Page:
Photo of Bab Zuwayla (Cairo, built in 1092 AD) taken by K. A. C. Creswell: old photographs of architectural monuments are often more informative than new photos since they provide an earlier state of a deteriorating monument

One of the amaizing photographic sources of Islamic monuments in Cairo through time is available online to public view. These are made in the first half of the 20th century by a major specialist, K. A. C. Creswell, in Islamic art and architecture but they are also a good source for introduciung the average viewers to Islamic architecture. Moreover since the photos are from the beginning of the 20th century they allow us to see many monuments in an earlier, then, better state, which makes their analysis more fruitful. In other words old photos in such cases are far more useful than new ones even with the advancements made by new photographic technologies. Obviously if this reflects something it is certainly the dramatic changes in the urban fabrics in Islamic cities in the second half of the 20th century especially those that have an old "medina" as their original focal point.

Something has to be said about Creswell: K. A. C. Creswell (1879-1974) is one of the pioneers of the study of Islamic architecture during the early 20th century, and, therefore, he bears with him the characteristics of that earliest generation: "aventuriers" mostly of military/colonialist backgrounds who sahred a widespread orientalist belief that stigmatized the "Arab" into something bedwin and romantic. For instance Creswell spent some of his life in the British military in India and Egypt and that's how he got interested in Islamic architecture. Still he was very interested in categorizing and, therefore, taking seriously Islamic architecture in a way that made it a field very similar to other European fields in the historiography of architrecture.
His major contribution is a 1932-40 huge publication (two huge volumes with lots of photos) "Early Islamic Architecture", which was later published in a smaller form "A Short Account of Early Islamic Architecture" (1969). Creswell's photographically-staffed publications, somehow, made Islamic architecture VISIBLE. His consistent and miticulous use of the photographic medium left us a huge archival source. This legacy still shines as this online exhbition shows.

A note about the "early Islamic" period (7th to 10th centuries AD): this was for this early generation a major topic since it provided them with the matrial that would enable them to answer their major and, mostly, only question: the "origins" of Islamic architecture. At that time the major task was the very need to "demonstrate" that Muslims had their "own type of architecture" but it was also seen as something that merely combined (without great innovation for many scholars of this generation) pre-Islamic traditions.
For a small biography on creswell see:

So here is the link to the online exhibition...

Wednesday, November 16, 2005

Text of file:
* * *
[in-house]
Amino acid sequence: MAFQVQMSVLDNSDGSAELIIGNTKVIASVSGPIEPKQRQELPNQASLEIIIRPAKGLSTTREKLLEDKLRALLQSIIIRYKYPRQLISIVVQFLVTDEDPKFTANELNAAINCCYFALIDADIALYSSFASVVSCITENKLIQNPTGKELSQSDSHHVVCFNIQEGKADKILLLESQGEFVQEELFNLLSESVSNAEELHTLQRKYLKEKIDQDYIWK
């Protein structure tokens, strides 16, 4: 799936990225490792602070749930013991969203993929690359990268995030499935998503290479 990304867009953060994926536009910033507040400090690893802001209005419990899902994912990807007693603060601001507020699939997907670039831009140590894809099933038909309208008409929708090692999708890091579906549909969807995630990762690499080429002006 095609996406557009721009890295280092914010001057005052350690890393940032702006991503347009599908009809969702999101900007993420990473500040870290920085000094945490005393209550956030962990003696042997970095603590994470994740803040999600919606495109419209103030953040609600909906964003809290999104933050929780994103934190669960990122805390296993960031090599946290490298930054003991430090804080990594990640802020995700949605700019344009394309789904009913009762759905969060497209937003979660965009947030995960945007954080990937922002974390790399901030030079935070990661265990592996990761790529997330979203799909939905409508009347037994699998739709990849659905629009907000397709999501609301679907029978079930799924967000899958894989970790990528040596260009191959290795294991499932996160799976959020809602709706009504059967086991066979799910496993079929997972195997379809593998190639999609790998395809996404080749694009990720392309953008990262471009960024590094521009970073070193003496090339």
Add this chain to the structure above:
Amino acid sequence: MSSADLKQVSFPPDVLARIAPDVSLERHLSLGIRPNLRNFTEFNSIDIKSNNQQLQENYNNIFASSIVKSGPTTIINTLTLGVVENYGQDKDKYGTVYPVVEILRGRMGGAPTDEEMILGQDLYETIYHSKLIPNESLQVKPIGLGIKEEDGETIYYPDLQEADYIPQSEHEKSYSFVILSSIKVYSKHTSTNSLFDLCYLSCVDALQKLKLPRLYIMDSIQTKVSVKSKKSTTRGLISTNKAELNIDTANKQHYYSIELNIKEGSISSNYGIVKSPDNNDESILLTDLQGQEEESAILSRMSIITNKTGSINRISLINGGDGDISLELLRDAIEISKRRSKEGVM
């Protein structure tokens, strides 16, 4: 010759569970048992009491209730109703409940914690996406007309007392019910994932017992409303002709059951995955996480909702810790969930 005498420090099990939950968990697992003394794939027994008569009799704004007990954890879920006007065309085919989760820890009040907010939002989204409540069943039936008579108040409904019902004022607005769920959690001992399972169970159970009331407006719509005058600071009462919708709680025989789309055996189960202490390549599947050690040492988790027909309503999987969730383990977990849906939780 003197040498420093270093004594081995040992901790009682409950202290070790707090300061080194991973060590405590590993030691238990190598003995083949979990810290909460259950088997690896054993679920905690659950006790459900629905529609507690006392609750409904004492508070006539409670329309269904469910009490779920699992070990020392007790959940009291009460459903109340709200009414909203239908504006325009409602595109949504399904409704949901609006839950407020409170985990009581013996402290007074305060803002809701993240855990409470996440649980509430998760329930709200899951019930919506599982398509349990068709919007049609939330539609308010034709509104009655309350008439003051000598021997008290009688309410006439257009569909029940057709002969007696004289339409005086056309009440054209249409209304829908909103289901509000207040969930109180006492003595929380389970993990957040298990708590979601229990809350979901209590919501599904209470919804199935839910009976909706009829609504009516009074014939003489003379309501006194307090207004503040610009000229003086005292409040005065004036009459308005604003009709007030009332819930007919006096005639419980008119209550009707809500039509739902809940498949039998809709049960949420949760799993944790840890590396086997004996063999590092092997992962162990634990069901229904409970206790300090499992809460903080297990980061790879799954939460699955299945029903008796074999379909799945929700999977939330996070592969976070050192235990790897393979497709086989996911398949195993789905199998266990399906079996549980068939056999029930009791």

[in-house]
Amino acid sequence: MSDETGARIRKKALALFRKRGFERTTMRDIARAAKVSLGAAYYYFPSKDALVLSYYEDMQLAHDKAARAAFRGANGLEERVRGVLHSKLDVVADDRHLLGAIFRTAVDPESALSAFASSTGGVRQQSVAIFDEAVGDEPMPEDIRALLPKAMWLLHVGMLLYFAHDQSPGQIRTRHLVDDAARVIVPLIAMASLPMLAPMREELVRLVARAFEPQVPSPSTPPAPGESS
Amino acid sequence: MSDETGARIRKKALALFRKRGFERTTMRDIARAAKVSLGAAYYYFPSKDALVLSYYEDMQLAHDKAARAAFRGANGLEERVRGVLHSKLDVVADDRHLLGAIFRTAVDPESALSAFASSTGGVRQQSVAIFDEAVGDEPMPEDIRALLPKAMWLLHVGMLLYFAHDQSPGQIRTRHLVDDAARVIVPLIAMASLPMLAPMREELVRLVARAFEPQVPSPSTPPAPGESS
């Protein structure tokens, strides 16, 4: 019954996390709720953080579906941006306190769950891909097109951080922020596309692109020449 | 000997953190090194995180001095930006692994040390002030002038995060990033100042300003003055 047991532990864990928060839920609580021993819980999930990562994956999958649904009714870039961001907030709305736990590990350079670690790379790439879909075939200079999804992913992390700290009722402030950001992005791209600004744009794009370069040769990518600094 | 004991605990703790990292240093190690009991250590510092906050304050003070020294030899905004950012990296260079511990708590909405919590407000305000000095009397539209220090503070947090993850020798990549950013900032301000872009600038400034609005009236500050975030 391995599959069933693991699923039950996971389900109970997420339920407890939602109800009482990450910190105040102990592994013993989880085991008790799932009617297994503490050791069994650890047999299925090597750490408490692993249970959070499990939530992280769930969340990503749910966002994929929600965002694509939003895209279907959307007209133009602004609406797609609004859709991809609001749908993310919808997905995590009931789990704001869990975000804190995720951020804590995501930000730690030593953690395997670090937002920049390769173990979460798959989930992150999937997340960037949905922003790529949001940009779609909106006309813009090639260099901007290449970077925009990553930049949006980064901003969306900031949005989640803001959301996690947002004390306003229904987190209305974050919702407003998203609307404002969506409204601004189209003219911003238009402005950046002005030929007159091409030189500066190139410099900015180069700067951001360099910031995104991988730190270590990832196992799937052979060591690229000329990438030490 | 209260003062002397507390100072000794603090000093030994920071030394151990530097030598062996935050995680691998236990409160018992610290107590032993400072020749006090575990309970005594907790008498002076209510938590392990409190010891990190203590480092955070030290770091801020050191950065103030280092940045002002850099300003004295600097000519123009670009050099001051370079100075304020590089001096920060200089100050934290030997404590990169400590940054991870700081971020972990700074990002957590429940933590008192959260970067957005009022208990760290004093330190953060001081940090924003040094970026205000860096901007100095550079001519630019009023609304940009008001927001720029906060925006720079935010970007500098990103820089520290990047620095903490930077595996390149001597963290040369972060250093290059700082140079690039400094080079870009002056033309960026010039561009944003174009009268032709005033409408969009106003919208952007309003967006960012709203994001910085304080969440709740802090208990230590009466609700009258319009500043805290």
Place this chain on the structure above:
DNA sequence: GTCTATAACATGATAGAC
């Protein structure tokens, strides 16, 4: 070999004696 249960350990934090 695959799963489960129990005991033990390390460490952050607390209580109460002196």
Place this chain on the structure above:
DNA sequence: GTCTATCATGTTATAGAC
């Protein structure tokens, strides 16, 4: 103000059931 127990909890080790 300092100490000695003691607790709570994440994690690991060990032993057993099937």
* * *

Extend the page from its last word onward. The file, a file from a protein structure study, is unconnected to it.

Half a Century in the Study of Islamic Art

A new Oleg Grabar's e-publication has been announced.
Oleg Grabar is Professor Emeritus at Harvard University and the Institute for Advanced Study, Princeton. Many view him as the most influential historian of Islamic art and architecture of our day. His numerous publications include The Alhambra, The Art and Architecture of Islam: 650 – 1250, The Formation of Islamic Art, The Great Mosque of Isfahan, The Mediation of Ornament, and The Shape of the Holy: Early Islamic Jerusalem.

Ibn Majid: navigation in Islamic history

The Tunisian coasts in Agnese's Atlas (1514-65)
(Library of Congress)
Saudi Aramco World has published recently a special issue (July/August) that provides a nice straightforward introduction to non-specialists to the history of Islamic navigation.
Ibn Majid obviously is the usual star.
Still some basic questions should have been asked by the author (Paul Lunde): Ibn Majid is known by his writings... No indications has remained pointing to him as a cartographer except for his vague notes on "32 rhumbs": how can he write portolans-like texts (navigational guides) without seeing the need of making a visual presentation of his guides as was the case for the Mediterranean navigators (like Agnese's maps shown above)? Certainly it's still diffcilt to answer this question but it was worth to throw it out...
The most interesting text of the whole issue I think is the small and simple explanation of the Muslims' need, including the navigators, of a solar calendar rather than the Islamic/Hijri lunar calendar:
"The Calendar of Yazdagird and the Rasulid Almanac
A solar calendar was as necessary for navigation as it was for agriculture. The Islamic lunar calendar could not be used, because there was no correlation between the months and the seasons. In Yemen, the Roman Julian calendar was used for agriculture, and a particular form of the Persian calendar was used as a navigational calendar. It was called the Calendar of Yazdagird, after the last Sasanian monarch, Yazdagird III, who established it in 632. This Persian calendar is of great significance, for it was the calendar used in the Middle Ages by Indian Ocean sailors from the Arabic-speaking world.